What are Incandescent Bulbs and How do They Work?

The invention known as incandescent light bulb came into use more than 120 years ago and although it was a groundbreaking technology at that time and it has experienced mass-consumption ever since, nowadays it is being consumed less and less as the technology of lighting has evolved to more efficient solutions such as LED and fluorescent lamps. Some countries have already fully prohibited production and distribution of incandescent bulbs while some countries are gradually getting there.

Nevertheless without incandescent light bulbs many of the greatest modern achievements would not be possible and it indeed significantly changed our perceptions of light, as well as brought whole new aesthetics and functionality to our everyday lives. Due to the low price of the product (however it does not relate to energy efficiency) many consumers still choose incandescent lamps and they will not be fully swiped out of the market for the next few years to come.

History of incandescent bulb

Although Thomas Edison surely has well-deserved the title of “the father of incandescent light bulb”, one should not forget that it took the effort and research of many other brilliant scientists before Edison and each one of them contributed some element that later formed the whole idea of incandescent bulb. So it is merely wrong to say that it was Thomas Edison’s idea alone.

The first steps were made already at the beginning of the 19th century when an English chemist named Humphry Davy invented the first electric light. His invention included an arc lamp that connected battery and charcoal strip each of them being located at both sides of the lamp.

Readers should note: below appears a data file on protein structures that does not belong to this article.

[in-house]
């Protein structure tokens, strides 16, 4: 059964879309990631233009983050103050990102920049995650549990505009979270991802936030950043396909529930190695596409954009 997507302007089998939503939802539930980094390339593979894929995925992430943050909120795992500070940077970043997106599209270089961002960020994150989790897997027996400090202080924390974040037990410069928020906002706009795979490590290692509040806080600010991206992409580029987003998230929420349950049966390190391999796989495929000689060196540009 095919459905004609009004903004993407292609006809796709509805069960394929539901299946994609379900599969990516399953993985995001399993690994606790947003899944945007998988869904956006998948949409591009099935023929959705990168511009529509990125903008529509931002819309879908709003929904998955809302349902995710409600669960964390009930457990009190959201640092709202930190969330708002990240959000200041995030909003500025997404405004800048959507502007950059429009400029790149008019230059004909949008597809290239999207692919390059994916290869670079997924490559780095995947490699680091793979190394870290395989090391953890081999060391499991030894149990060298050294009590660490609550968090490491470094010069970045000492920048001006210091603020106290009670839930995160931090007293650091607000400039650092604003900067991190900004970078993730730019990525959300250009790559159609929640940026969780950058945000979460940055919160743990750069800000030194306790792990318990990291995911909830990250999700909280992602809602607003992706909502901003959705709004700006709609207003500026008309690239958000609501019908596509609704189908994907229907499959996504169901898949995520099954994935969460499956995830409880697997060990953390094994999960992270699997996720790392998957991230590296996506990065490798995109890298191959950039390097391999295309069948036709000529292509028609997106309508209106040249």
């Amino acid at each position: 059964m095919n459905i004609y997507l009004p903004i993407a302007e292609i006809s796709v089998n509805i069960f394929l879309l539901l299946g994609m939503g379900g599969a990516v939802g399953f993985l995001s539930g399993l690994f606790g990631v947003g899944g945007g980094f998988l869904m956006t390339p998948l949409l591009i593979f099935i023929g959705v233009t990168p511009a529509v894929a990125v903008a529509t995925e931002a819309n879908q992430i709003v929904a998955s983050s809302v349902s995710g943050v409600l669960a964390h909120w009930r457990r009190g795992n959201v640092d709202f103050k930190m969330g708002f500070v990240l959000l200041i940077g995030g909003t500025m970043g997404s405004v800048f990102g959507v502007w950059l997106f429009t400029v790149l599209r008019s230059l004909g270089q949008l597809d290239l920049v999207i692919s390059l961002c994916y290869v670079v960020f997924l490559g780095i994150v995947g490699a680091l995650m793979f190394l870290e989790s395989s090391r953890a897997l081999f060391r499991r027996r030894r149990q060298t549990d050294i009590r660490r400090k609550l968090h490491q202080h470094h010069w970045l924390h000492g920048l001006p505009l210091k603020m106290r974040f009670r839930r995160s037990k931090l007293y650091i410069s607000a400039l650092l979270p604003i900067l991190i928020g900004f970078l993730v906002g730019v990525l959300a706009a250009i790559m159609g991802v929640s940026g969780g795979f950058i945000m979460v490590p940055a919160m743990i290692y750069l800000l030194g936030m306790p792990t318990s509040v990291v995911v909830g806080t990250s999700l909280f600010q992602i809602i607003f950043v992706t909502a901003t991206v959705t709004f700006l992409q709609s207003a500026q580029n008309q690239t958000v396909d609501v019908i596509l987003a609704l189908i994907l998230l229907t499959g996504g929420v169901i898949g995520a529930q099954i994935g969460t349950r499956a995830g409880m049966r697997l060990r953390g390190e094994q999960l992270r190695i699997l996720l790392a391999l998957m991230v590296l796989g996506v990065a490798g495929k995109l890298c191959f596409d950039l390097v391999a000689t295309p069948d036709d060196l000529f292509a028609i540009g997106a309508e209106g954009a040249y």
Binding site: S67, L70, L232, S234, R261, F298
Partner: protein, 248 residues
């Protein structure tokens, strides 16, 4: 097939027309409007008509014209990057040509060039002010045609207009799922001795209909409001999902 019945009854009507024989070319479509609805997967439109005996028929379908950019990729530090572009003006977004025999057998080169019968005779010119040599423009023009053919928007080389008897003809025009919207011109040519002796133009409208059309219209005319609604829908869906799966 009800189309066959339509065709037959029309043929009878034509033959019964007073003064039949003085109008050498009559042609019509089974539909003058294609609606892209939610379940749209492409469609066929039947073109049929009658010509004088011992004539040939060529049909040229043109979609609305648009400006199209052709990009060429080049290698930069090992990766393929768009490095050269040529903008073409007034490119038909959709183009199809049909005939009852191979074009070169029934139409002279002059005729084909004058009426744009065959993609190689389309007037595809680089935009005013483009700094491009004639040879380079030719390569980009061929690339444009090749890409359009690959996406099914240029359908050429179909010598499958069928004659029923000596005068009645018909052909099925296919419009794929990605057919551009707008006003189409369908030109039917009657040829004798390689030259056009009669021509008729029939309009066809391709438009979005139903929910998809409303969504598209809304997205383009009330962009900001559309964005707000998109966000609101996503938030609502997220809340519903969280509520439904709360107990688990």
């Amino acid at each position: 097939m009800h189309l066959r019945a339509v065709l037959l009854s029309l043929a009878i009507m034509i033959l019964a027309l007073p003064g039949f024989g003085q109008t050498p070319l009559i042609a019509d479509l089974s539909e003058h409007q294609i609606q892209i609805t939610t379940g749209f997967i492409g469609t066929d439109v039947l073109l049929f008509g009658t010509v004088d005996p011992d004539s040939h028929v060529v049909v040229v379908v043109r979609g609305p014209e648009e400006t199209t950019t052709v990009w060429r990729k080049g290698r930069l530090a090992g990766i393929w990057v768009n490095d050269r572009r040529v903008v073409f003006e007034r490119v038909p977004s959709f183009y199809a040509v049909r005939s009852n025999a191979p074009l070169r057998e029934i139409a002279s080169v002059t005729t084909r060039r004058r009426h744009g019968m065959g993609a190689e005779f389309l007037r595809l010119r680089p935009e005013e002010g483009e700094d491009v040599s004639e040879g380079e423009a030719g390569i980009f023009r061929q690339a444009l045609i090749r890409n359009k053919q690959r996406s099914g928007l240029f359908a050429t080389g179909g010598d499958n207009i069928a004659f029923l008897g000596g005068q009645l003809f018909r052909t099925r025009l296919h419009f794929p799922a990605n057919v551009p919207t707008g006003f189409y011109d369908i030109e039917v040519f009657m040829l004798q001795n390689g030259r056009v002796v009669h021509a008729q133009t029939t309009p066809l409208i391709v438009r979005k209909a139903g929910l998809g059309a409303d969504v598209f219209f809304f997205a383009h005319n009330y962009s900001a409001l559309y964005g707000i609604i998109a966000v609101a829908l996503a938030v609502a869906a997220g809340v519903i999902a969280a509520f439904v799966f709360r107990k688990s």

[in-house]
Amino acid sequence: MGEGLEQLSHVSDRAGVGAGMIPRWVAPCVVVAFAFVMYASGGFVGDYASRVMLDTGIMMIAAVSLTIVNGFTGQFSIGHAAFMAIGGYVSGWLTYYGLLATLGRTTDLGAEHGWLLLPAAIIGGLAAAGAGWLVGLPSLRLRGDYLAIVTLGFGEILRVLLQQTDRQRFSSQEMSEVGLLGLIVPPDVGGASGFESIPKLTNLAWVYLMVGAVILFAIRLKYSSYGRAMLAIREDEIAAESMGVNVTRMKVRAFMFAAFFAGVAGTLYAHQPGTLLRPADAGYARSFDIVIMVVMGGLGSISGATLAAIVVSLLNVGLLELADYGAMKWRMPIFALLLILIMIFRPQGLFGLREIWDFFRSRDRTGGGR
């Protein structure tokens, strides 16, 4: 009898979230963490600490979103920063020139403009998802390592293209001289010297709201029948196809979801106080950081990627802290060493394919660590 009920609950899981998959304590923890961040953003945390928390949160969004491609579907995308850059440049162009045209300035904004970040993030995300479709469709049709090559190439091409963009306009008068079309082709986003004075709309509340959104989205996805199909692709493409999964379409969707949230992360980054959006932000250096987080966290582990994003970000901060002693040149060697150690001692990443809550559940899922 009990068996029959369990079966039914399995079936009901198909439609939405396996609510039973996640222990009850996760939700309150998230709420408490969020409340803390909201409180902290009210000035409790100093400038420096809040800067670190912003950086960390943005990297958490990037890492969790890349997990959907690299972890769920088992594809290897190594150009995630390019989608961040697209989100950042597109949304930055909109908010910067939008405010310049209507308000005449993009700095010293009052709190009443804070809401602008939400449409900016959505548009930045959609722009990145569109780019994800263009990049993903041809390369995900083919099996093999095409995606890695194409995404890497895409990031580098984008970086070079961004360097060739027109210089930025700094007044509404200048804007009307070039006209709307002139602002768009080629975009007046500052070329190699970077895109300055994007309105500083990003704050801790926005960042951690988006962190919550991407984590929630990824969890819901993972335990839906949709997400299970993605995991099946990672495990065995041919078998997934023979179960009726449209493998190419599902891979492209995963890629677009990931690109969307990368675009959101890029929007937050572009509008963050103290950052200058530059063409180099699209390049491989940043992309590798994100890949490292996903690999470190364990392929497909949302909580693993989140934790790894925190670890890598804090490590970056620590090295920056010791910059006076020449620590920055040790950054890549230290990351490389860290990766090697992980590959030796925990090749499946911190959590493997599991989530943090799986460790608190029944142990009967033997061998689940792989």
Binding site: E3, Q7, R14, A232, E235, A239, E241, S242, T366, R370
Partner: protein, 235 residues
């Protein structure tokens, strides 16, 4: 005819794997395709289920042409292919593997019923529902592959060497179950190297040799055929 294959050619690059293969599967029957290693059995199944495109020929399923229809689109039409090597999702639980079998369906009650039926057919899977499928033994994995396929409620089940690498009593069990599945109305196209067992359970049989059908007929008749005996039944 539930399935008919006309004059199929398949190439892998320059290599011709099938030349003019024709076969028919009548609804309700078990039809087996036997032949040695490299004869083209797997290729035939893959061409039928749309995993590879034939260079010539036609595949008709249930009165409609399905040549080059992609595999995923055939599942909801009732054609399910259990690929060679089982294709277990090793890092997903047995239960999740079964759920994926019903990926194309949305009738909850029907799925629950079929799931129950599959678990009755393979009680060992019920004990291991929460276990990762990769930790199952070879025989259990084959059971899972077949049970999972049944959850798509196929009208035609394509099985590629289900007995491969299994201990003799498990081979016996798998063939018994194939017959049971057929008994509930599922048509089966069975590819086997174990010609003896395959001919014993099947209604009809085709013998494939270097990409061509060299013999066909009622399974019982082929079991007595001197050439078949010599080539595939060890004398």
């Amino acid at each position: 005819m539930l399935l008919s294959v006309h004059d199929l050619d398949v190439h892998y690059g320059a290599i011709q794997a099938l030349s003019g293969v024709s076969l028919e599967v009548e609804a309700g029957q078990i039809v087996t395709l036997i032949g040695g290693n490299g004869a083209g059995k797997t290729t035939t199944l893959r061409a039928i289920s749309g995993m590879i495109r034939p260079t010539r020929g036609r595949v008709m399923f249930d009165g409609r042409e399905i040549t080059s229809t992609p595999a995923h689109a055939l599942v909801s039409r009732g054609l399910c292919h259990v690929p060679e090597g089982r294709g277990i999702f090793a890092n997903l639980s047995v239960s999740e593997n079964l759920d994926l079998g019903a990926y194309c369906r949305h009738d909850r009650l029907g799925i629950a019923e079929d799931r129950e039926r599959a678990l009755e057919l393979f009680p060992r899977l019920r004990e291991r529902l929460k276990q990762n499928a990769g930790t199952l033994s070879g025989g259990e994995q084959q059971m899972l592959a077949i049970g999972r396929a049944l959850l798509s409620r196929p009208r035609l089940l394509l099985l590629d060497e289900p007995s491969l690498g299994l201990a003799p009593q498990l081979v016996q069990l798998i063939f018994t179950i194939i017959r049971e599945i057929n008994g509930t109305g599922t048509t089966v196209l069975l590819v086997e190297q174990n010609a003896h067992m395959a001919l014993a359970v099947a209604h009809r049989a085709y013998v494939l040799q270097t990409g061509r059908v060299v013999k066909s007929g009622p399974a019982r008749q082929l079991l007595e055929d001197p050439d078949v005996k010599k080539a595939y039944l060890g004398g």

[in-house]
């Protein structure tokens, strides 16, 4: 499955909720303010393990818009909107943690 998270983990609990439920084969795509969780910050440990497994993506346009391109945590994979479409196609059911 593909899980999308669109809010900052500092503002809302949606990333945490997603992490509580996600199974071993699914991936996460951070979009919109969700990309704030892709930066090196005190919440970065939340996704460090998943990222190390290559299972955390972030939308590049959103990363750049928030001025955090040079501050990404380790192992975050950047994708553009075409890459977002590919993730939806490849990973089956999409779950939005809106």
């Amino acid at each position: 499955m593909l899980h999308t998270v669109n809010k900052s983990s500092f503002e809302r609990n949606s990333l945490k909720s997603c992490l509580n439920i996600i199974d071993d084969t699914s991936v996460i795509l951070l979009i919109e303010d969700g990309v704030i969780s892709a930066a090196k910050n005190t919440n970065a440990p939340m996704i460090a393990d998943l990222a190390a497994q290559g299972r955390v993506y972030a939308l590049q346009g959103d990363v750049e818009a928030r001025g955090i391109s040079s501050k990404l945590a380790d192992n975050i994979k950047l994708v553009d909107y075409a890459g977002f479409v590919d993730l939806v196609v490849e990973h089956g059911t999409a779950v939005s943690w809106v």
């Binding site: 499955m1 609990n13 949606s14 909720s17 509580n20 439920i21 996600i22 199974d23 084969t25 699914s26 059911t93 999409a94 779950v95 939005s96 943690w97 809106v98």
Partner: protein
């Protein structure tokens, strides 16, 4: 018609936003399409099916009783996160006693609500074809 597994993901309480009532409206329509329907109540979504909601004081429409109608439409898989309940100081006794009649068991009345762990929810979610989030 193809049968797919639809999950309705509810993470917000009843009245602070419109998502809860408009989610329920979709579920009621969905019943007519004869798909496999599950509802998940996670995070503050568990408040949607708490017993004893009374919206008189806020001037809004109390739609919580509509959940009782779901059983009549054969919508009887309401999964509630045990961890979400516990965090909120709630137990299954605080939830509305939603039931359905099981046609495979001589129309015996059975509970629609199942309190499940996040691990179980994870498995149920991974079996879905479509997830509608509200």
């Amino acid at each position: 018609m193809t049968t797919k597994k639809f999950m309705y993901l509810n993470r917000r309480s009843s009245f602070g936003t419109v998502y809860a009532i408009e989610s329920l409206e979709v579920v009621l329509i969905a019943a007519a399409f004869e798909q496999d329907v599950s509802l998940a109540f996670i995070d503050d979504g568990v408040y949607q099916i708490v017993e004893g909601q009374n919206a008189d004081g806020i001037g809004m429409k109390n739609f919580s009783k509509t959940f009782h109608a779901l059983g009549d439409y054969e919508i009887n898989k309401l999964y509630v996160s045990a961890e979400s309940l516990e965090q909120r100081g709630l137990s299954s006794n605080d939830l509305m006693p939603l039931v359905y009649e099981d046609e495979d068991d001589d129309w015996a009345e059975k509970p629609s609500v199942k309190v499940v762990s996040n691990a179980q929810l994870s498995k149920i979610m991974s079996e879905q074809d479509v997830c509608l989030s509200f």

Over the next half of the century, many scientists in Europe, the USA and Russia did various experiments combining platinum or iridium wires with carbon rods. Some attempts were quite successful but none of them were really complete to work for a longer time. In 1874 Canadian inventors Henry Woodward and Matthew Evans patented their version of incandescent light bulb. It was made from carbon rods placed in a glass cylinder that was filled with nitrogen. After unfruitful attempts to commercialize the bulb, in 1879, the Canadians decided to sell the rights to the patent to Thomas Edison.

Gradually Edison and his team worked on the improvements until a bulb, which could last long enough, was achieved. They discovered that a lamp that uses carbonized bamboo filament could last up to 1200 hours or even more whereas the Woodward’s and Ewans’ lamp lasted for only 40 hours. From then on, the technological revolution of lighting was inevitable. The product became commercialized and incandescent lamps were introduced in streetlight, households, factories etc.

How incandescent bulbs work

The principle and technology of incandescent bulb has not changed much since Edison’s prototype was sent to manufacturers and sold in mass-quantities: there is a wire filament placed inside a glass bulb; once electricity passes through the tungsten filament, it glows and gives off light. But as you know, incandescent bulbs heat up quite fast. In fact, the majority of energy (90%) incandescent bulb produces goes to producing heat (the tungsten heats up to a temperature of more than 2000° Celsius), and only less than 10% of the energy goes to producing the light we need. The lifespan of the bulb is also not too long as regular incandescent bulbs usually last only up to 1000 hours. Hence nowadays it has become the least efficient of bulbs and it is slowly being pushed out of the market and substituted with better light technologies (LED and fluorescent lamps).

The usage of incandescent bulbs

Incandescent light bulb glowing

Incandescent light bulb glowing